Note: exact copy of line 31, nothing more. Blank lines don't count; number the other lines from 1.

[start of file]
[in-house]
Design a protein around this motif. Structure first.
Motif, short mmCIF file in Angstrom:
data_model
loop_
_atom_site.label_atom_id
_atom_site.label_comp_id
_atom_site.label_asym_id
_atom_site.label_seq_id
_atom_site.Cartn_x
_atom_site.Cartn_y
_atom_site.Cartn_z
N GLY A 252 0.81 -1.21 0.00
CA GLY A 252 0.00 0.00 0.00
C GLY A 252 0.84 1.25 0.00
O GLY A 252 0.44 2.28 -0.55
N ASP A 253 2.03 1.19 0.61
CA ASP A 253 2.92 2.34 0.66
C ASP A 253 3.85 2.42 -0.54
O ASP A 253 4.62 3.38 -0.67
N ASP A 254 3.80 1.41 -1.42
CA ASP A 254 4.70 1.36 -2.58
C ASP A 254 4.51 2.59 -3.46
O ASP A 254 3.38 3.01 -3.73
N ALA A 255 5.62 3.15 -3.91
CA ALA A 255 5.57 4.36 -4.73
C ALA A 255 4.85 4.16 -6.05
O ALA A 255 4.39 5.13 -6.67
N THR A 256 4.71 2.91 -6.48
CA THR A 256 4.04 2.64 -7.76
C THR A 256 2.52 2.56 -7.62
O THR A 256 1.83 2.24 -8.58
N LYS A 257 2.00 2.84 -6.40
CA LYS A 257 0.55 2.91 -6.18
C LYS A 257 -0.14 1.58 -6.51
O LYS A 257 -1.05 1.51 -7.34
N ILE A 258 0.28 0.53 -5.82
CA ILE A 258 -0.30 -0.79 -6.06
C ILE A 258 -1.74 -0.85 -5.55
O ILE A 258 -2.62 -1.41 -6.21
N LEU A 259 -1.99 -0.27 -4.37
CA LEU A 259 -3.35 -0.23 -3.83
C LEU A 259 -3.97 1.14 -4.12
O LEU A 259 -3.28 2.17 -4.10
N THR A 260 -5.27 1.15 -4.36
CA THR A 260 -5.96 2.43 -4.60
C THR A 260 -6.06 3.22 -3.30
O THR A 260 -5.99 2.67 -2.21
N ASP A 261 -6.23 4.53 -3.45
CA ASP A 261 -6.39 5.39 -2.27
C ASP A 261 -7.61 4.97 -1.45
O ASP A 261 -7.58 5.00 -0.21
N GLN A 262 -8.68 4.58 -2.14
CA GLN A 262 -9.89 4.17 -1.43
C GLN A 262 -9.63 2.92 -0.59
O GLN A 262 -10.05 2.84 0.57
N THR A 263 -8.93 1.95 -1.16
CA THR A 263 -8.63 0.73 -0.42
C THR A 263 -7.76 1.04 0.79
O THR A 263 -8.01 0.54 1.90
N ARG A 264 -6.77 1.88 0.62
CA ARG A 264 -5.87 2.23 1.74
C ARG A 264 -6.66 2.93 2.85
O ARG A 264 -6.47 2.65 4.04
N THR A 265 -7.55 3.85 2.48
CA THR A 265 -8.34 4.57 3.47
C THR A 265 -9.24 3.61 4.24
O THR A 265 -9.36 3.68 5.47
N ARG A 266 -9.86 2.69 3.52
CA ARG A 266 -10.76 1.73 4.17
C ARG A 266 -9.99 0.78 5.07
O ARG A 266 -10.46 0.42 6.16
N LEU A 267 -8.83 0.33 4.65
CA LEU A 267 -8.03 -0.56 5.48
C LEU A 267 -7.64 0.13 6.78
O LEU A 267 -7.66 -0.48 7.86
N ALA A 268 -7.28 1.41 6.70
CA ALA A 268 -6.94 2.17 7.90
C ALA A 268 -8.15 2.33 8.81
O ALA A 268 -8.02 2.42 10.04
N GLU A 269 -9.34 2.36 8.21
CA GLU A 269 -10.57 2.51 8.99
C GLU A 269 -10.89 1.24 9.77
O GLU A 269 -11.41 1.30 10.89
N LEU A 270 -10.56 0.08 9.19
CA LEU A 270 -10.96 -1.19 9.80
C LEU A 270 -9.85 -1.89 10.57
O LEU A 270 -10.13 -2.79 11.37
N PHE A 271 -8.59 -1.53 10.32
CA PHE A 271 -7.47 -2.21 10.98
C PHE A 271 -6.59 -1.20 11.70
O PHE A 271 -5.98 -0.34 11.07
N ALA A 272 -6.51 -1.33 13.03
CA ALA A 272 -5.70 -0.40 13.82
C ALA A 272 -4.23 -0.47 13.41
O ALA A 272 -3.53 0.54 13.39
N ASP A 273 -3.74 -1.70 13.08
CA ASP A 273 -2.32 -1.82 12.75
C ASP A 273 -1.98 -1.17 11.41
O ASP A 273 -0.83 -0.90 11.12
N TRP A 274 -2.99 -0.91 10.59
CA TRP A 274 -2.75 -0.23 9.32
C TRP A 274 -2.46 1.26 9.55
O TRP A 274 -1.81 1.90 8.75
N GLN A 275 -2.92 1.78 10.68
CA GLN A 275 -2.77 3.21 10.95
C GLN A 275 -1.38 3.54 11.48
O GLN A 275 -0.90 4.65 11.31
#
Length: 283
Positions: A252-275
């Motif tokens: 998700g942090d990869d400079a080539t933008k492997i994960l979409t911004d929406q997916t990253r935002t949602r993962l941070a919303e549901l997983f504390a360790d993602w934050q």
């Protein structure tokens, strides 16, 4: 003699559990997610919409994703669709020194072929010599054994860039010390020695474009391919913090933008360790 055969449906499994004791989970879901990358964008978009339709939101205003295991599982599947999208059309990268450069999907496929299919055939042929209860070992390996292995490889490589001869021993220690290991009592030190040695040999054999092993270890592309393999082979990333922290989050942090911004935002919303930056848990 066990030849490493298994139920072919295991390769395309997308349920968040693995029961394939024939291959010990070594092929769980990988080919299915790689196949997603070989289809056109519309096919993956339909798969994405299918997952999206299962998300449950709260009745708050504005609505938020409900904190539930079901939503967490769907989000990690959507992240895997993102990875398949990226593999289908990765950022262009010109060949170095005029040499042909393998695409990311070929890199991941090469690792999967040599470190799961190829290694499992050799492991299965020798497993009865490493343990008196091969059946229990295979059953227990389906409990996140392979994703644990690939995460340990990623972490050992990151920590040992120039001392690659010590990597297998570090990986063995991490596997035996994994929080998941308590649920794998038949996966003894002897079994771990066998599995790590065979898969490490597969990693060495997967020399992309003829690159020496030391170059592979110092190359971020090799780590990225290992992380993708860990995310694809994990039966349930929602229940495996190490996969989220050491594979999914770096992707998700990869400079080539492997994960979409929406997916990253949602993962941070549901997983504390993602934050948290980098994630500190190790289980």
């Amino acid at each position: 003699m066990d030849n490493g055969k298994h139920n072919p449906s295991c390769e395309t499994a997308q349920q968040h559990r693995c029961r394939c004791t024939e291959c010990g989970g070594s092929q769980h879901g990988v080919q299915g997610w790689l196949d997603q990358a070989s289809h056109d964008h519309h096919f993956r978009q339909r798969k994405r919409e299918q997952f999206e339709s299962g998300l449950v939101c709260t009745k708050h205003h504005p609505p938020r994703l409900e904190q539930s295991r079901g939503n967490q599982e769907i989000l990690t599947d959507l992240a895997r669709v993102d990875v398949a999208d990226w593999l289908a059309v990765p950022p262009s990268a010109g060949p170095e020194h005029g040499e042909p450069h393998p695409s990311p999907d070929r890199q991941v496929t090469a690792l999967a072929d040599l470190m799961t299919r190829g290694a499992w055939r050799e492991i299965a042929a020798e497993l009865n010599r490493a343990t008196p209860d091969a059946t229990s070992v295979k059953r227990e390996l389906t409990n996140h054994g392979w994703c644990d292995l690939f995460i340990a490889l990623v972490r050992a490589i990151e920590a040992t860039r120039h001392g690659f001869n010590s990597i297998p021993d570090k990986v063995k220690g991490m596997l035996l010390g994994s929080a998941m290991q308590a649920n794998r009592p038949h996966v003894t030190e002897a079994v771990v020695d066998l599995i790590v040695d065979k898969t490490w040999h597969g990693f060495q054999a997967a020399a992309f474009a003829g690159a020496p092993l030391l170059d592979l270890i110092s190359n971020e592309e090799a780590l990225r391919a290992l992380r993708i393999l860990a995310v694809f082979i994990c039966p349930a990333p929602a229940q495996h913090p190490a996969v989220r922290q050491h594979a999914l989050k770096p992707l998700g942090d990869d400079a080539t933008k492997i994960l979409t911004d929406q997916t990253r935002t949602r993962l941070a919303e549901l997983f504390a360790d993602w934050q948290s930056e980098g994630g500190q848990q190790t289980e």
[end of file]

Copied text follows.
C THR A 256 2.52 2.56 -7.62